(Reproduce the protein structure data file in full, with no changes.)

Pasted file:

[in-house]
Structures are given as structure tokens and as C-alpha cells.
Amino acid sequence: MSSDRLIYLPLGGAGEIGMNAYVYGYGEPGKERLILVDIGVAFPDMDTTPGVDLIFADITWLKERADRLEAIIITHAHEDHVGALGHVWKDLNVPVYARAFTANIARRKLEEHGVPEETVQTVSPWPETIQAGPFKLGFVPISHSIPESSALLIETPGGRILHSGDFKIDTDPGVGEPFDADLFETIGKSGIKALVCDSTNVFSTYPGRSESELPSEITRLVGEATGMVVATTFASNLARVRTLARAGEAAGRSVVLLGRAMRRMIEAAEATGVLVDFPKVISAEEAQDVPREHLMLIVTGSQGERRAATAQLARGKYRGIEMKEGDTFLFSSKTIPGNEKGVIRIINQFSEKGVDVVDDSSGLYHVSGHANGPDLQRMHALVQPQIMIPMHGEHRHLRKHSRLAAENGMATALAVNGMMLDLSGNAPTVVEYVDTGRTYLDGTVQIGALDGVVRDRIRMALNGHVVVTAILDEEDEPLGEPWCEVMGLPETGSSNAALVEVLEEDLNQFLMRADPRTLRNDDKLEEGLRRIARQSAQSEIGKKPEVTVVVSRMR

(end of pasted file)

[in-house]
Structures are given as structure tokens and as C-alpha cells.
Amino acid sequence: MSSDRLIYLPLGGAGEIGMNAYVYGYGEPGKERLILVDIGVAFPDMDTTPGVDLIFADITWLKERADRLEAIIITHAHEDHVGALGHVWKDLNVPVYARAFTANIARRKLEEHGVPEETVQTVSPWPETIQAGPFKLGFVPISHSIPESSALLIETPGGRILHSGDFKIDTDPGVGEPFDADLFETIGKSGIKALVCDSTNVFSTYPGRSESELPSEITRLVGEATGMVVATTFASNLARVRTLARAGEAAGRSVVLLGRAMRRMIEAAEATGVLVDFPKVISAEEAQDVPREHLMLIVTGSQGERRAATAQLARGKYRGIEMKEGDTFLFSSKTIPGNEKGVIRIINQFSEKGVDVVDDSSGLYHVSGHANGPDLQRMHALVQPQIMIPMHGEHRHLRKHSRLAAENGMATALAVNGMMLDLSGNAPTVVEYVDTGRTYLDGTVQIGALDGVVRDRIRMALNGHVVVTAILDEEDEPLGEPWCEVMGLPETGSSNAALVEVLEEDLNQFLMRADPRTLRNDDKLEEGLRRIARQSAQSEIGKKPEVTVVVSRMR